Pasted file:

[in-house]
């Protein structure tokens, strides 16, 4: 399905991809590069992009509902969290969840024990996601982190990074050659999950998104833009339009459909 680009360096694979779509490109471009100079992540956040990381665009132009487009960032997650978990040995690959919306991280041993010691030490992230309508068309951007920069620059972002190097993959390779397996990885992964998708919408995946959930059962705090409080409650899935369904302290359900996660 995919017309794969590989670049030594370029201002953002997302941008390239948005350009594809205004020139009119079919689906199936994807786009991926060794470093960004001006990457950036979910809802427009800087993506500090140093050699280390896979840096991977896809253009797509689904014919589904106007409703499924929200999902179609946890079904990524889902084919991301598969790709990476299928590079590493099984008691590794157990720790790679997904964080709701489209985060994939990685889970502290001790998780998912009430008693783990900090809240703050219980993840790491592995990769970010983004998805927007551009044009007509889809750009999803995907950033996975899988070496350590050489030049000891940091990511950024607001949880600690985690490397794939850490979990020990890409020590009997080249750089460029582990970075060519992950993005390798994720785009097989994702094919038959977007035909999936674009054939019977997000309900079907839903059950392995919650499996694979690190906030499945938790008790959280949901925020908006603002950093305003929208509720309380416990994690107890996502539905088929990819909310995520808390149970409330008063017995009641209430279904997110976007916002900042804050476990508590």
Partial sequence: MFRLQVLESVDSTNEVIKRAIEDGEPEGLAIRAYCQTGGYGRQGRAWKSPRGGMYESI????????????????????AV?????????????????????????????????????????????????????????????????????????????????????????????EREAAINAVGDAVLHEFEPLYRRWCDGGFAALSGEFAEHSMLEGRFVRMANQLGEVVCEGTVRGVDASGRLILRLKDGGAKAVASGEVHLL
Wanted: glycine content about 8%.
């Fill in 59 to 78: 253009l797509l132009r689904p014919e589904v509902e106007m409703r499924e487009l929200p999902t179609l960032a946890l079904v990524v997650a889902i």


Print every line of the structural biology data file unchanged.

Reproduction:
[in-house]
């Protein structure tokens, strides 16, 4: 399905991809590069992009509902969290969840024990996601982190990074050659999950998104833009339009459909 680009360096694979779509490109471009100079992540956040990381665009132009487009960032997650978990040995690959919306991280041993010691030490992230309508068309951007920069620059972002190097993959390779397996990885992964998708919408995946959930059962705090409080409650899935369904302290359900996660 995919017309794969590989670049030594370029201002953002997302941008390239948005350009594809205004020139009119079919689906199936994807786009991926060794470093960004001006990457950036979910809802427009800087993506500090140093050699280390896979840096991977896809253009797509689904014919589904106007409703499924929200999902179609946890079904990524889902084919991301598969790709990476299928590079590493099984008691590794157990720790790679997904964080709701489209985060994939990685889970502290001790998780998912009430008693783990900090809240703050219980993840790491592995990769970010983004998805927007551009044009007509889809750009999803995907950033996975899988070496350590050489030049000891940091990511950024607001949880600690985690490397794939850490979990020990890409020590009997080249750089460029582990970075060519992950993005390798994720785009097989994702094919038959977007035909999936674009054939019977997000309900079907839903059950392995919650499996694979690190906030499945938790008790959280949901925020908006603002950093305003929208509720309380416990994690107890996502539905088929990819909310995520808390149970409330008063017995009641209430279904997110976007916002900042804050476990508590």
Partial sequence: MFRLQVLESVDSTNEVIKRAIEDGEPEGLAIRAYCQTGGYGRQGRAWKSPRGGMYESI????????????????????AV?????????????????????????????????????????????????????????????????????????????????????????????EREAAINAVGDAVLHEFEPLYRRWCDGGFAALSGEFAEHSMLEGRFVRMANQLGEVVCEGTVRGVDASGRLILRLKDGGAKAVASGEVHLL
Wanted: glycine content about 8%.
């Fill in 59 to 78: 253009l797509l132009r689904p014919e589904v509902e106007m409703r499924e487009l929200p999902t179609l960032a946890l079904v990524v997650a889902i």